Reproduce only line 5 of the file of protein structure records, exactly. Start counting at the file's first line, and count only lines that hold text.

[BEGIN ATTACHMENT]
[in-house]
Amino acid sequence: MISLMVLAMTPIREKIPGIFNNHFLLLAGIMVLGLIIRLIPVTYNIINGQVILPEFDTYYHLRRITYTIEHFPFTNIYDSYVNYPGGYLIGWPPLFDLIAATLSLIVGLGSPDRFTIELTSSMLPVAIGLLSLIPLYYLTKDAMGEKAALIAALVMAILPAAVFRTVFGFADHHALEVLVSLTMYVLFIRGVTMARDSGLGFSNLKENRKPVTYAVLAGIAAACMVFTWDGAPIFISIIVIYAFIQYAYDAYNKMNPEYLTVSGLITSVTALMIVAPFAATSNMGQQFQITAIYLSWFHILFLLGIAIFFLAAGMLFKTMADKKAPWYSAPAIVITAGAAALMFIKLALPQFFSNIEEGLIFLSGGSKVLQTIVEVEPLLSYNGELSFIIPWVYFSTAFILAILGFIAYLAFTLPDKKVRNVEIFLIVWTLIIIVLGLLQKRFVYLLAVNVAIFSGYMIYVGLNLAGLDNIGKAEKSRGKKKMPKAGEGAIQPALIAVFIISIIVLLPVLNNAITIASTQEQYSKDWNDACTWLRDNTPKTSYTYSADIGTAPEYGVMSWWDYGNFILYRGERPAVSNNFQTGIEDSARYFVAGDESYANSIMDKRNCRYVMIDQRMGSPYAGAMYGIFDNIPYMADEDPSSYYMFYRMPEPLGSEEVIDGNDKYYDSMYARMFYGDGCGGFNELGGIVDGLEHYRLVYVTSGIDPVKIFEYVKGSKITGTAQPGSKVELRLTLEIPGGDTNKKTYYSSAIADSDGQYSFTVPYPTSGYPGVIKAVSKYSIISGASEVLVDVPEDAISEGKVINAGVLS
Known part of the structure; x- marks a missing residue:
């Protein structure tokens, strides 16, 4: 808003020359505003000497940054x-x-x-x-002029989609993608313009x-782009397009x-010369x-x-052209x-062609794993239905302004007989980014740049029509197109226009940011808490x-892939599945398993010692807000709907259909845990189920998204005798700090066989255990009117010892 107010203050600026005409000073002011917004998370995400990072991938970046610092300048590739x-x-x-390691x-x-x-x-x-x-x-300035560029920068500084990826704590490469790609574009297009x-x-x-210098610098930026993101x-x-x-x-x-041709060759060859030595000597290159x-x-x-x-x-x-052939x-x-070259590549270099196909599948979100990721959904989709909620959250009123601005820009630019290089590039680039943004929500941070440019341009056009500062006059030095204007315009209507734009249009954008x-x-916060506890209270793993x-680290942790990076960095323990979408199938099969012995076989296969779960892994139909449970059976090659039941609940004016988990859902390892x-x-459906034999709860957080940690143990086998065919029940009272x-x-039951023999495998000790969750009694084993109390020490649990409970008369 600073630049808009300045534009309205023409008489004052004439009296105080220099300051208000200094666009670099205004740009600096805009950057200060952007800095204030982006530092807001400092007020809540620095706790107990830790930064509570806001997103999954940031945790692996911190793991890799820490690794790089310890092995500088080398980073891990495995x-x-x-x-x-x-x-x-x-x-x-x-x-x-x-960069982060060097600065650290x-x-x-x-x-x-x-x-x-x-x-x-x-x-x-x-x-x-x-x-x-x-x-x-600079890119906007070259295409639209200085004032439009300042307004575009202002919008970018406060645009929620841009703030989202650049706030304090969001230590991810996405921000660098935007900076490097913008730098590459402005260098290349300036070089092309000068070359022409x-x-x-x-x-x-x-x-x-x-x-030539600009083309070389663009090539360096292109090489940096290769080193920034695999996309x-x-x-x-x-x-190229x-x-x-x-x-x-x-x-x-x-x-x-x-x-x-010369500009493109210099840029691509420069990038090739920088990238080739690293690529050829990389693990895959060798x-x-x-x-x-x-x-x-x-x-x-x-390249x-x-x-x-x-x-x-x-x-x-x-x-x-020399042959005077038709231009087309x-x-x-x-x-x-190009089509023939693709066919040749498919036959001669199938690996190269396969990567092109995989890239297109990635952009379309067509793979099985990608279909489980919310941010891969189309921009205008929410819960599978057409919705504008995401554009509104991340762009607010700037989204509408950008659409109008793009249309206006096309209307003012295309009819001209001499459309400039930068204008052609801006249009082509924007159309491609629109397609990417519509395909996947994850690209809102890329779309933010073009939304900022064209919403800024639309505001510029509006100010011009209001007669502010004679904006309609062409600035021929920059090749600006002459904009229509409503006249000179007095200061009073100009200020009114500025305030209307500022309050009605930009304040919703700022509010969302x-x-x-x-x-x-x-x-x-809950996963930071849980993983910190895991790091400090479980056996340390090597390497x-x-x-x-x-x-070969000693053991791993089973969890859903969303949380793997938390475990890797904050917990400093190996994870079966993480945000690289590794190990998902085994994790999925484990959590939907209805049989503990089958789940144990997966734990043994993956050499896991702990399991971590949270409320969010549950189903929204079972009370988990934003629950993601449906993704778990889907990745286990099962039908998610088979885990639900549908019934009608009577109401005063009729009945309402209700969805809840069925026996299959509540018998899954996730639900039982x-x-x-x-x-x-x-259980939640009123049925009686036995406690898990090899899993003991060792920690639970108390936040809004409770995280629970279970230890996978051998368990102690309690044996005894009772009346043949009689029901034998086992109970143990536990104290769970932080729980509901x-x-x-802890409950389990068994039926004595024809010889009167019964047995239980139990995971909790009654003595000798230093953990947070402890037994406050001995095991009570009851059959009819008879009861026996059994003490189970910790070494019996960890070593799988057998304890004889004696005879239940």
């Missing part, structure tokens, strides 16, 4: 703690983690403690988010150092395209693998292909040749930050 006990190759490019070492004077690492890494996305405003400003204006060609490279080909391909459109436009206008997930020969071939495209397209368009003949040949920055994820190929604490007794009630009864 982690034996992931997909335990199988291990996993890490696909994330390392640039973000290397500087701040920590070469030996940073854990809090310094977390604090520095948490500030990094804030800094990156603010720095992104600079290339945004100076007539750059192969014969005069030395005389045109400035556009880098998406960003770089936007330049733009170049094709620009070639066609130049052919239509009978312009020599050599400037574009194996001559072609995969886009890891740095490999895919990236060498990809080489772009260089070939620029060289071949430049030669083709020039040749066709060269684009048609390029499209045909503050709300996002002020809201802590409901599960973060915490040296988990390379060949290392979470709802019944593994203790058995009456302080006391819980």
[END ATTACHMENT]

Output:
């Missing part, structure tokens, strides 16, 4: 703690983690403690988010150092395209693998292909040749930050 006990190759490019070492004077690492890494996305405003400003204006060609490279080909391909459109436009206008997930020969071939495209397209368009003949040949920055994820190929604490007794009630009864 982690034996992931997909335990199988291990996993890490696909994330390392640039973000290397500087701040920590070469030996940073854990809090310094977390604090520095948490500030990094804030800094990156603010720095992104600079290339945004100076007539750059192969014969005069030395005389045109400035556009880098998406960003770089936007330049733009170049094709620009070639066609130049052919239509009978312009020599050599400037574009194996001559072609995969886009890891740095490999895919990236060498990809080489772009260089070939620029060289071949430049030669083709020039040749066709060269684009048609390029499209045909503050709300996002002020809201802590409901599960973060915490040296988990390379060949290392979470709802019944593994203790058995009456302080006391819980």